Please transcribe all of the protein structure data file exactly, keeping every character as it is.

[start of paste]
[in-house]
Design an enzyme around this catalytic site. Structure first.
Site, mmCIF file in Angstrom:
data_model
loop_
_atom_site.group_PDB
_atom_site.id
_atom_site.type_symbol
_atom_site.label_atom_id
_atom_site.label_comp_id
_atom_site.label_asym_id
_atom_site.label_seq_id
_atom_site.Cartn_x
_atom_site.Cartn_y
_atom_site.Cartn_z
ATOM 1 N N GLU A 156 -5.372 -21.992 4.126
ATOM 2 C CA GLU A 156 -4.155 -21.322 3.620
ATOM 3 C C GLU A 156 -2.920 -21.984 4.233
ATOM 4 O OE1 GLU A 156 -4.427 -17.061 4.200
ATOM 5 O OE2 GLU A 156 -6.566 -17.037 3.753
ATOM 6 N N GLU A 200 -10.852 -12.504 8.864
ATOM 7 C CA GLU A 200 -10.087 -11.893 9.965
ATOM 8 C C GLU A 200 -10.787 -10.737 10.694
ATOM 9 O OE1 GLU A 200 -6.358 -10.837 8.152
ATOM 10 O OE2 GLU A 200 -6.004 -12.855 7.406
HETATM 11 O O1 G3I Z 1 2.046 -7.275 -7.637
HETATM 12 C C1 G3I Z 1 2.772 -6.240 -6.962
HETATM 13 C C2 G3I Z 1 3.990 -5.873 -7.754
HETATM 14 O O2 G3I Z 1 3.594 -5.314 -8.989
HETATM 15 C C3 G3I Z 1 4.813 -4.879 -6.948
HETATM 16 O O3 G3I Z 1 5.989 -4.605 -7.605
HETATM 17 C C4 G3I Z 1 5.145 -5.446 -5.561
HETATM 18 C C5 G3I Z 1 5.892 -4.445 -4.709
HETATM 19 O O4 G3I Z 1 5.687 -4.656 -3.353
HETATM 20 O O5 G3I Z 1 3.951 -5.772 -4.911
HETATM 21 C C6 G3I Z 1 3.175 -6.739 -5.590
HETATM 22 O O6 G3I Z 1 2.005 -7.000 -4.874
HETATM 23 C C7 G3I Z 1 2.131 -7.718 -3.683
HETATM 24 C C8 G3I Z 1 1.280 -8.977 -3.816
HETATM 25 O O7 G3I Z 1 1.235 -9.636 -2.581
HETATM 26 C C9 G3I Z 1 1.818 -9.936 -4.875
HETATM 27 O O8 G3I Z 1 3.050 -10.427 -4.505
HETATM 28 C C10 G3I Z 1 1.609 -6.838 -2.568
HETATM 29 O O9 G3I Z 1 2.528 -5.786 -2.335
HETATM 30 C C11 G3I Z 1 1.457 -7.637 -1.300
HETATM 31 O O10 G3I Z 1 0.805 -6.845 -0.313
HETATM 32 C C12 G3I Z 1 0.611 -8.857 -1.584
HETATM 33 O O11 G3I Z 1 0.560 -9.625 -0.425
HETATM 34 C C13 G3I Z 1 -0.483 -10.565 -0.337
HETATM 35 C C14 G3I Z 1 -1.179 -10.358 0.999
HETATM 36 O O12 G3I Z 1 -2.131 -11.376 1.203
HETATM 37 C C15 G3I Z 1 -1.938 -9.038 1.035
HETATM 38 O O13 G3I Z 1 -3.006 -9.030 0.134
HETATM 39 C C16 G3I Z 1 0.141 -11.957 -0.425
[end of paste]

[in-house]
Design an enzyme around this catalytic site. Structure first.
Site, mmCIF file in Angstrom:
data_model
loop_
_atom_site.group_PDB
_atom_site.id
_atom_site.type_symbol
_atom_site.label_atom_id
_atom_site.label_comp_id
_atom_site.label_asym_id
_atom_site.label_seq_id
_atom_site.Cartn_x
_atom_site.Cartn_y
_atom_site.Cartn_z
ATOM 1 N N GLU A 156 -5.372 -21.992 4.126
ATOM 2 C CA GLU A 156 -4.155 -21.322 3.620
ATOM 3 C C GLU A 156 -2.920 -21.984 4.233
ATOM 4 O OE1 GLU A 156 -4.427 -17.061 4.200
ATOM 5 O OE2 GLU A 156 -6.566 -17.037 3.753
ATOM 6 N N GLU A 200 -10.852 -12.504 8.864
ATOM 7 C CA GLU A 200 -10.087 -11.893 9.965
ATOM 8 C C GLU A 200 -10.787 -10.737 10.694
ATOM 9 O OE1 GLU A 200 -6.358 -10.837 8.152
ATOM 10 O OE2 GLU A 200 -6.004 -12.855 7.406
HETATM 11 O O1 G3I Z 1 2.046 -7.275 -7.637
HETATM 12 C C1 G3I Z 1 2.772 -6.240 -6.962
HETATM 13 C C2 G3I Z 1 3.990 -5.873 -7.754
HETATM 14 O O2 G3I Z 1 3.594 -5.314 -8.989
HETATM 15 C C3 G3I Z 1 4.813 -4.879 -6.948
HETATM 16 O O3 G3I Z 1 5.989 -4.605 -7.605
HETATM 17 C C4 G3I Z 1 5.145 -5.446 -5.561
HETATM 18 C C5 G3I Z 1 5.892 -4.445 -4.709
HETATM 19 O O4 G3I Z 1 5.687 -4.656 -3.353
HETATM 20 O O5 G3I Z 1 3.951 -5.772 -4.911
HETATM 21 C C6 G3I Z 1 3.175 -6.739 -5.590
HETATM 22 O O6 G3I Z 1 2.005 -7.000 -4.874
HETATM 23 C C7 G3I Z 1 2.131 -7.718 -3.683
HETATM 24 C C8 G3I Z 1 1.280 -8.977 -3.816
HETATM 25 O O7 G3I Z 1 1.235 -9.636 -2.581
HETATM 26 C C9 G3I Z 1 1.818 -9.936 -4.875
HETATM 27 O O8 G3I Z 1 3.050 -10.427 -4.505
HETATM 28 C C10 G3I Z 1 1.609 -6.838 -2.568
HETATM 29 O O9 G3I Z 1 2.528 -5.786 -2.335
HETATM 30 C C11 G3I Z 1 1.457 -7.637 -1.300
HETATM 31 O O10 G3I Z 1 0.805 -6.845 -0.313
HETATM 32 C C12 G3I Z 1 0.611 -8.857 -1.584
HETATM 33 O O11 G3I Z 1 0.560 -9.625 -0.425
HETATM 34 C C13 G3I Z 1 -0.483 -10.565 -0.337
HETATM 35 C C14 G3I Z 1 -1.179 -10.358 0.999
HETATM 36 O O12 G3I Z 1 -2.131 -11.376 1.203
HETATM 37 C C15 G3I Z 1 -1.938 -9.038 1.035
HETATM 38 O O13 G3I Z 1 -3.006 -9.030 0.134
HETATM 39 C C16 G3I Z 1 0.141 -11.957 -0.425